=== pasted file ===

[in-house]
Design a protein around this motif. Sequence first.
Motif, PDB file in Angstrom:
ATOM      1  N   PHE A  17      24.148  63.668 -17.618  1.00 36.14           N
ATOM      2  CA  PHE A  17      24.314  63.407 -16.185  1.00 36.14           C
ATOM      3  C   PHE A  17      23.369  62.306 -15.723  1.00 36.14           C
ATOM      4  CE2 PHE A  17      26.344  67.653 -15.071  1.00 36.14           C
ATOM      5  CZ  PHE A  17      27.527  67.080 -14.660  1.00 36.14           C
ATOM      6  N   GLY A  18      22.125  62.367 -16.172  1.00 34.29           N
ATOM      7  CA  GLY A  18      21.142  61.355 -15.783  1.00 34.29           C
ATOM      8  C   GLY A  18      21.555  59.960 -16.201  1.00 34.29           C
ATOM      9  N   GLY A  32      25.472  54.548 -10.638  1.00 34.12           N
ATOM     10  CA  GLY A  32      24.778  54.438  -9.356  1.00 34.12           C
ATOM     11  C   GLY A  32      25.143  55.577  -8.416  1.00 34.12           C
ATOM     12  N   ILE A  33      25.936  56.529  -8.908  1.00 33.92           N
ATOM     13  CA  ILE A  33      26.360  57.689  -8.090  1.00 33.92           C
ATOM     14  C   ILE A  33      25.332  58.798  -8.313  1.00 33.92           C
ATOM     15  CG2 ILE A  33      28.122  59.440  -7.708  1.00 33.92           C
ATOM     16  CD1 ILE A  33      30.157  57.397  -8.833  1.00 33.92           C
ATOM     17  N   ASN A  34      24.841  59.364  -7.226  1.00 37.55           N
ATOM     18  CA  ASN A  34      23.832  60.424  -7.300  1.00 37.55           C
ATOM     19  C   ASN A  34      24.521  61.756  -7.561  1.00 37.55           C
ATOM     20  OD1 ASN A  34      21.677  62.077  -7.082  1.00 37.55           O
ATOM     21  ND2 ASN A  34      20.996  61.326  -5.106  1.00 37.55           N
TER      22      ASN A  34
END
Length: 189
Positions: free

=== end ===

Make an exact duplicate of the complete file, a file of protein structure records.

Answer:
[in-house]
Design a protein around this motif. Sequence first.
Motif, PDB file in Angstrom:
ATOM      1  N   PHE A  17      24.148  63.668 -17.618  1.00 36.14           N
ATOM      2  CA  PHE A  17      24.314  63.407 -16.185  1.00 36.14           C
ATOM      3  C   PHE A  17      23.369  62.306 -15.723  1.00 36.14           C
ATOM      4  CE2 PHE A  17      26.344  67.653 -15.071  1.00 36.14           C
ATOM      5  CZ  PHE A  17      27.527  67.080 -14.660  1.00 36.14           C
ATOM      6  N   GLY A  18      22.125  62.367 -16.172  1.00 34.29           N
ATOM      7  CA  GLY A  18      21.142  61.355 -15.783  1.00 34.29           C
ATOM      8  C   GLY A  18      21.555  59.960 -16.201  1.00 34.29           C
ATOM      9  N   GLY A  32      25.472  54.548 -10.638  1.00 34.12           N
ATOM     10  CA  GLY A  32      24.778  54.438  -9.356  1.00 34.12           C
ATOM     11  C   GLY A  32      25.143  55.577  -8.416  1.00 34.12           C
ATOM     12  N   ILE A  33      25.936  56.529  -8.908  1.00 33.92           N
ATOM     13  CA  ILE A  33      26.360  57.689  -8.090  1.00 33.92           C
ATOM     14  C   ILE A  33      25.332  58.798  -8.313  1.00 33.92           C
ATOM     15  CG2 ILE A  33      28.122  59.440  -7.708  1.00 33.92           C
ATOM     16  CD1 ILE A  33      30.157  57.397  -8.833  1.00 33.92           C
ATOM     17  N   ASN A  34      24.841  59.364  -7.226  1.00 37.55           N
ATOM     18  CA  ASN A  34      23.832  60.424  -7.300  1.00 37.55           C
ATOM     19  C   ASN A  34      24.521  61.756  -7.561  1.00 37.55           C
ATOM     20  OD1 ASN A  34      21.677  62.077  -7.082  1.00 37.55           O
ATOM     21  ND2 ASN A  34      20.996  61.326  -5.106  1.00 37.55           N
TER      22      ASN A  34
END
Length: 189
Positions: free